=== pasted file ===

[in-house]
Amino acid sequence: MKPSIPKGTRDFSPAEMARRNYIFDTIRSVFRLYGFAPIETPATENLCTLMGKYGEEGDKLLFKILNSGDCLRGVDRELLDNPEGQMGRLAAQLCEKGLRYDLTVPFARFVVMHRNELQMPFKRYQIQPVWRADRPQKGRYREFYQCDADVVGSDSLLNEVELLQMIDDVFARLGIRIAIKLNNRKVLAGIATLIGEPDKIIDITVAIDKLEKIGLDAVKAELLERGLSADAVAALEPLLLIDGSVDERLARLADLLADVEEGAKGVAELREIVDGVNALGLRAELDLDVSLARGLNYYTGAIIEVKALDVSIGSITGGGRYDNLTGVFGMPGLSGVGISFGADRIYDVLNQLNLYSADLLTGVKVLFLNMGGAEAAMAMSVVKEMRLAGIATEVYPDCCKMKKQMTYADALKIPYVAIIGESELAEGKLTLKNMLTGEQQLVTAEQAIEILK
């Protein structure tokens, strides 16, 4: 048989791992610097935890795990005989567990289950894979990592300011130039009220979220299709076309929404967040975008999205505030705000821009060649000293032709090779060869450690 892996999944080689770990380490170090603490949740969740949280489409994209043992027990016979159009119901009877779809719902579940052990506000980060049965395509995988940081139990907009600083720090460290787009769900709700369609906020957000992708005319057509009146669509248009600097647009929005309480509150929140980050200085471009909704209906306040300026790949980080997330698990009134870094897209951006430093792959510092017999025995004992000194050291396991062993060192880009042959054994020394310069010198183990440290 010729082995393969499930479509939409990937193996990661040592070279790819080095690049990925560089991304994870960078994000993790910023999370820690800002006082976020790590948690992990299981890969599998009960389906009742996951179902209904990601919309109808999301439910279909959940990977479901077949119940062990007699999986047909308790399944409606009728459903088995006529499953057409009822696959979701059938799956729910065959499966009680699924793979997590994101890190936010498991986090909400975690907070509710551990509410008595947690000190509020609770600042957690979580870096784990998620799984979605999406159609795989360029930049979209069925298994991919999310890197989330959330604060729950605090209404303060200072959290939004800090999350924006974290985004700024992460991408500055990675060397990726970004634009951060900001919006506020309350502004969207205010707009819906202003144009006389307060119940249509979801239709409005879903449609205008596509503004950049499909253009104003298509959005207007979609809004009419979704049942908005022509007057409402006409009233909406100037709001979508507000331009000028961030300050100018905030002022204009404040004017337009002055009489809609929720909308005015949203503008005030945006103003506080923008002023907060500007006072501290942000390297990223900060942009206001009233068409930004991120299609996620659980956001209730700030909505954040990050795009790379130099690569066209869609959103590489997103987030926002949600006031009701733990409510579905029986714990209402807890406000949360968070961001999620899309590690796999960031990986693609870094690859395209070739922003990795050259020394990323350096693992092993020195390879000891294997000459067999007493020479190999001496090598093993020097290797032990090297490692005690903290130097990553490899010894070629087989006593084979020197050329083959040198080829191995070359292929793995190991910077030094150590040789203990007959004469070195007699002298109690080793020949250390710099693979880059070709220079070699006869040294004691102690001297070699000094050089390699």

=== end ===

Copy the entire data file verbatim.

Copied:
[in-house]
Amino acid sequence: MKPSIPKGTRDFSPAEMARRNYIFDTIRSVFRLYGFAPIETPATENLCTLMGKYGEEGDKLLFKILNSGDCLRGVDRELLDNPEGQMGRLAAQLCEKGLRYDLTVPFARFVVMHRNELQMPFKRYQIQPVWRADRPQKGRYREFYQCDADVVGSDSLLNEVELLQMIDDVFARLGIRIAIKLNNRKVLAGIATLIGEPDKIIDITVAIDKLEKIGLDAVKAELLERGLSADAVAALEPLLLIDGSVDERLARLADLLADVEEGAKGVAELREIVDGVNALGLRAELDLDVSLARGLNYYTGAIIEVKALDVSIGSITGGGRYDNLTGVFGMPGLSGVGISFGADRIYDVLNQLNLYSADLLTGVKVLFLNMGGAEAAMAMSVVKEMRLAGIATEVYPDCCKMKKQMTYADALKIPYVAIIGESELAEGKLTLKNMLTGEQQLVTAEQAIEILK
């Protein structure tokens, strides 16, 4: 048989791992610097935890795990005989567990289950894979990592300011130039009220979220299709076309929404967040975008999205505030705000821009060649000293032709090779060869450690 892996999944080689770990380490170090603490949740969740949280489409994209043992027990016979159009119901009877779809719902579940052990506000980060049965395509995988940081139990907009600083720090460290787009769900709700369609906020957000992708005319057509009146669509248009600097647009929005309480509150929140980050200085471009909704209906306040300026790949980080997330698990009134870094897209951006430093792959510092017999025995004992000194050291396991062993060192880009042959054994020394310069010198183990440290 010729082995393969499930479509939409990937193996990661040592070279790819080095690049990925560089991304994870960078994000993790910023999370820690800002006082976020790590948690992990299981890969599998009960389906009742996951179902209904990601919309109808999301439910279909959940990977479901077949119940062990007699999986047909308790399944409606009728459903088995006529499953057409009822696959979701059938799956729910065959499966009680699924793979997590994101890190936010498991986090909400975690907070509710551990509410008595947690000190509020609770600042957690979580870096784990998620799984979605999406159609795989360029930049979209069925298994991919999310890197989330959330604060729950605090209404303060200072959290939004800090999350924006974290985004700024992460991408500055990675060397990726970004634009951060900001919006506020309350502004969207205010707009819906202003144009006389307060119940249509979801239709409005879903449609205008596509503004950049499909253009104003298509959005207007979609809004009419979704049942908005022509007057409402006409009233909406100037709001979508507000331009000028961030300050100018905030002022204009404040004017337009002055009489809609929720909308005015949203503008005030945006103003506080923008002023907060500007006072501290942000390297990223900060942009206001009233068409930004991120299609996620659980956001209730700030909505954040990050795009790379130099690569066209869609959103590489997103987030926002949600006031009701733990409510579905029986714990209402807890406000949360968070961001999620899309590690796999960031990986693609870094690859395209070739922003990795050259020394990323350096693992092993020195390879000891294997000459067999007493020479190999001496090598093993020097290797032990090297490692005690903290130097990553490899010894070629087989006593084979020197050329083959040198080829191995070359292929793995190991910077030094150590040789203990007959004469070195007699002298109690080793020949250390710099693979880059070709220079070699006869040294004691102690001297070699000094050089390699």